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Symphony No. 1 "Maligne Range"

Instrumentation: 2(II=Picc,Alto)+Picc.2+EH.2+EbCl.2+Cbn/4331/timp+2perc/str
Duration: 19:00
Year Composed: 2009

“[a] high level of technical craftsmanship ... By technical craftsmanship, I mean an impressive control of long spans of musical time, using the rhetorical and even programmatic strategies of late 19th- and early 20th-century European composers. I mean, too, a very fine command of the orchestra ... a formidable achievement.”
Steven Stucky (2005 Pulitzer Prize in Music) on Symphony No. 1 "Maligne Range"


Audio Samples (mp3)


Program Notes

In the summer of 2008, over two days, my wife and I hiked the Maligne Range trail, situated in the Canadian Rockies near Jasper, Alberta. The 45-km trail begins in a pine forest at Maligne Lake but soon rises above the tree line. From there it winds its way across two successively higher mountain passes. In between lies a sprawling meadow speckled with colourful flowers and criss-crossed by glacial creeks. At the halfway point, the trail switchbacks steeply to the very top of the range, a vantage point that affords spectacular views in all directions. The weather at this altitude is always unpredictable, and as luck would have it, a storm set in just as we reached the peak. Unwilling to serve as lightning rods, we broke out into a run, finding shelter only as the trail drops off quickly on the other side of the range.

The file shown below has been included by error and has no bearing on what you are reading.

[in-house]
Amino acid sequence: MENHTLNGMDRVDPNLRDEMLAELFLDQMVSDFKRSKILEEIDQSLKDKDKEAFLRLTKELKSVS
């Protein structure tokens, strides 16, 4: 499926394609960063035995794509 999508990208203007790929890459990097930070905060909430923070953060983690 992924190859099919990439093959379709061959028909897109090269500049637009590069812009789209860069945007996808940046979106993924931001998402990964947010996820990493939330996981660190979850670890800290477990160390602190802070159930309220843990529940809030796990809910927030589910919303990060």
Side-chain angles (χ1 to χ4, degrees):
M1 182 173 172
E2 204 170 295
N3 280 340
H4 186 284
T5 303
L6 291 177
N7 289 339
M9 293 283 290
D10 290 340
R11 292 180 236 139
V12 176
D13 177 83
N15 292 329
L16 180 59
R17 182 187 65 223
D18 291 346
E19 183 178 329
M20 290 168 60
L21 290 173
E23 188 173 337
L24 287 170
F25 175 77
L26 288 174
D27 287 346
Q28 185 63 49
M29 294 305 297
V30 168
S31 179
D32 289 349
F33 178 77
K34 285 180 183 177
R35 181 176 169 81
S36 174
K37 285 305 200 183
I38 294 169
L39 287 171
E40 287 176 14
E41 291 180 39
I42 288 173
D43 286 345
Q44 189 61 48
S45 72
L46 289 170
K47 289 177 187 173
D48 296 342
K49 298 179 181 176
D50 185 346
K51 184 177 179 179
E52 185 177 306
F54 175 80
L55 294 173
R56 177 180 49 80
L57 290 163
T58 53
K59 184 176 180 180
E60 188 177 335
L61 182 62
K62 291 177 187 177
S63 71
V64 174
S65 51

The breathtaking views, ruggedness and diversity of terrain, whistling marmots and sense of isolation all left a strong impression on me. I was especially delighted to realize that the very topographical contour of the trail provides a basic plan for a large-scale sonata-form structure, one that builds up, Shostakovich-like, in waves of tension, culminating in a fierce storm at the top: the development. In a similar vein, after the stormy material subsides (as in Beethoven’s Sixth), the descent, recalling the ascent, but now abridged and in reverse order, serves as varied recapitulation.

The result is a one-movement symphony in the tradition of Sibelius’s Seventh and Barber’s First. Essentially tonal, the harmonic language is enriched with polytonal accents, modal alterations, complex chords and the colouristic usage of collections and twelve-tone techniques. Polymetre, multi-stranded canons, metric modulation and controlled aleatoric techniques enliven the rhythmic plane. The work’s structure is organic, developed out of limited yet contrasting thematic material, with all programmatic elements assuming abstract structural roles. The symphony’s bright orchestration and rhythmic vitality is indebted to composers of the modern Russian and French schools, such as Prokofiev and Ravel; its emotional sweep and extremes, to Shostakovich; the scoring and harmonic content of certain dissonant chords, to Varèse; and its sense of drama and breadth, to Beethoven and Sibelius.


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